Say what you want of ER Ejercito, but there is no denying that he is a persistent individual. Ejercito has used the better part of the last 4 years to build himself up into a self-styled matinee-idol slash action-hero. So much, in fact, that Ejercito has become somewhat of a recent staple at the Metro Manila Film Festival.
Magnum Muslim .357 is a modern reimagining of the same 1986 character popularized by action icon Fernando Poe Jr. But outside of the film’s title, Magnum Muslim .357 is very much its own endeavor.
When the Muslim princess Ameera (Sam Pinto) is kidnapped by a local crime syndicate, undercover cop Lt. Jamal Razul a.k.a Magnum (E.R Ejercito) is given the task of getting her back. Aided by fellow officer Joselito Ibanez (Jerico Ejercito), Razul discovers that there’s more to the kidnapping than mere ransom.
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Magnum Muslim .357 may offer some name recognition for FPJ fans, but the end result seems entirely borne from Ejercito. For fans of FPJ, whose 10th death anniversary was celebrated this year, this leaves the name of the original filmlargely untarnished.
But for audiences spending their hard-earned money on Ejercito’s attempt at this unnecessary remake, Magnum Muslim .357 is a two-hour exercise in disappointment.
A sin of self-importance
Ejercito is no FPJ; that much is certain. Despite all the special effects and big name co-stars, Ejercito simply lacks the natural charisma and devil-may-care attitude of the Action King. Although Ejercito sees Magnum Muslim .357 as more of a cinematic homage than an outright remake, Ejercito’s shortcomings feel especially emphasized as he struggles to fit in the shoes of royalty.
But the film’s most grievous sin is its blatant sense of self-importance. A majority of Magnum Muslin .357 is wasted on self-righteous platitudes and never-ending bouts of dialogue that establish little more than Lt. Jamal Razul as some sort of gun-toting saint. But while Razul is characterized as a man of unfailing principle, (very much like FPJ’s own portrayal of the 1980s character), Ejercito’s unwillingness to give his character any real flaw or make any substantial sacrifice makes Razul little more than a cardboard cut-out of a character.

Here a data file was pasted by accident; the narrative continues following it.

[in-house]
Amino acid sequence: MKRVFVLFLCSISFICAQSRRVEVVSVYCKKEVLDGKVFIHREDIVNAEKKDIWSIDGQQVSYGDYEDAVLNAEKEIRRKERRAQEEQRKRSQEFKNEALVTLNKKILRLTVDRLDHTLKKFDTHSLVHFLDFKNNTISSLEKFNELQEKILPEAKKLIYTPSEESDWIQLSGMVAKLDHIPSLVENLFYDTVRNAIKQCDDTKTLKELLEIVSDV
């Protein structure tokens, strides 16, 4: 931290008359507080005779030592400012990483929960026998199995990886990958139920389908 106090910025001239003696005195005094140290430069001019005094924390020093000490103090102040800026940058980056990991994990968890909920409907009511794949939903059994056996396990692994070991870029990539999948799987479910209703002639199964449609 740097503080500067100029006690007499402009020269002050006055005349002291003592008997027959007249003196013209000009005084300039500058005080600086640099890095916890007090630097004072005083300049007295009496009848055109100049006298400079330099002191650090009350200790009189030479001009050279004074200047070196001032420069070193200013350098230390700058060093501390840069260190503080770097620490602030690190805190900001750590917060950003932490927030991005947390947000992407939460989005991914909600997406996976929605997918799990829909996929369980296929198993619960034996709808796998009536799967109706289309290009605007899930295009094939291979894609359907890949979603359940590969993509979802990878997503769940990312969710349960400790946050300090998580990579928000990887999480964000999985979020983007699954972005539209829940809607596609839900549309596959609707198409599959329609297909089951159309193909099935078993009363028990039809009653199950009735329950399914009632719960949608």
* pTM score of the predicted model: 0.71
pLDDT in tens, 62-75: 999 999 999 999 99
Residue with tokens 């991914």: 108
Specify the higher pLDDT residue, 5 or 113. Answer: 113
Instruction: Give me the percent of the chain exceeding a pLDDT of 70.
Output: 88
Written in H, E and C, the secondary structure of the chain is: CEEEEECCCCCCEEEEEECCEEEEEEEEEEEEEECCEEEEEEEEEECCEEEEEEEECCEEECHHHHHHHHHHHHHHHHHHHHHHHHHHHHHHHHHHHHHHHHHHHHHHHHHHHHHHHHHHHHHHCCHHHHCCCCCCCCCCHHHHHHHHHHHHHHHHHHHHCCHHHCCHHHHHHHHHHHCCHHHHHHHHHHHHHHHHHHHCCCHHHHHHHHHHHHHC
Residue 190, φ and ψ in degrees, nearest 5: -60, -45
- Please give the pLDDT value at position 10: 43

This may work for a film packed to the rafters with campy action scenes and cheesy dialogue, but because Magnum Muslim .357 is so self-important, it becomes difficult to take the film seriously when Razul has to stop every 5 minutes to remind us of how good a person he is. Without any real reason to connect with Ejercito, through either his character or his performance, all that’s left is a caricature of a principle that calls itself a person.
All hail ‘Da King’
Despite its best efforts, Magnum Muslim .357 suffers from a multitude of problems, not the least of which is its two-hour running time. Mix that with stale performances, repetitive action sequences, and a story that is about as nonsensical as the film’s broken laws of gravity, Magnum Muslim .357 becomes an outright test of patience. While these may have worked during the height of the Philippine action genre, these tropes now come off as outdated and uninspired.
This isn’t to say that a quality film from ER Ejercito isn’t possible. Boy Golden was one of last year’s hidden gems but was disappointingly (though understandably) written off by audiences who had given up on Ejercito’s relentless attempts to rebrand himself as a 21st century action star. But the brilliance behind Boy Golden was its refusal to take itself seriously. Sharply directed by Chito Roño with a surprisingly inspired performance from KC Concepion, Boy Golden was last year’s MMFF dark horse that drew right from the heart of pulp entertainment.
But in the case of Magnum .357, all that pulpy goodness is gone. In its place is a misled two-hour soap box that stereotypes Muslims as much as it tries to relate to them. There’s no mistaking Ejercito’s unfailing desire to be some sort of self-styled action star, but try as he might, there really is no replacing Fernando Poe Jr.
While it might never have been Ejercito’s intention to take the throne away from “Da King,” Magnum Muslim .357 is proof that takes more than a handful of good intentions to even walk in FPJ’s shadow. – Rappler.com
Zig Marasigan is a freelance screenwriter and director who believes that cinema is the cure for cancer. Follow him on Twitter at @zigmarasigan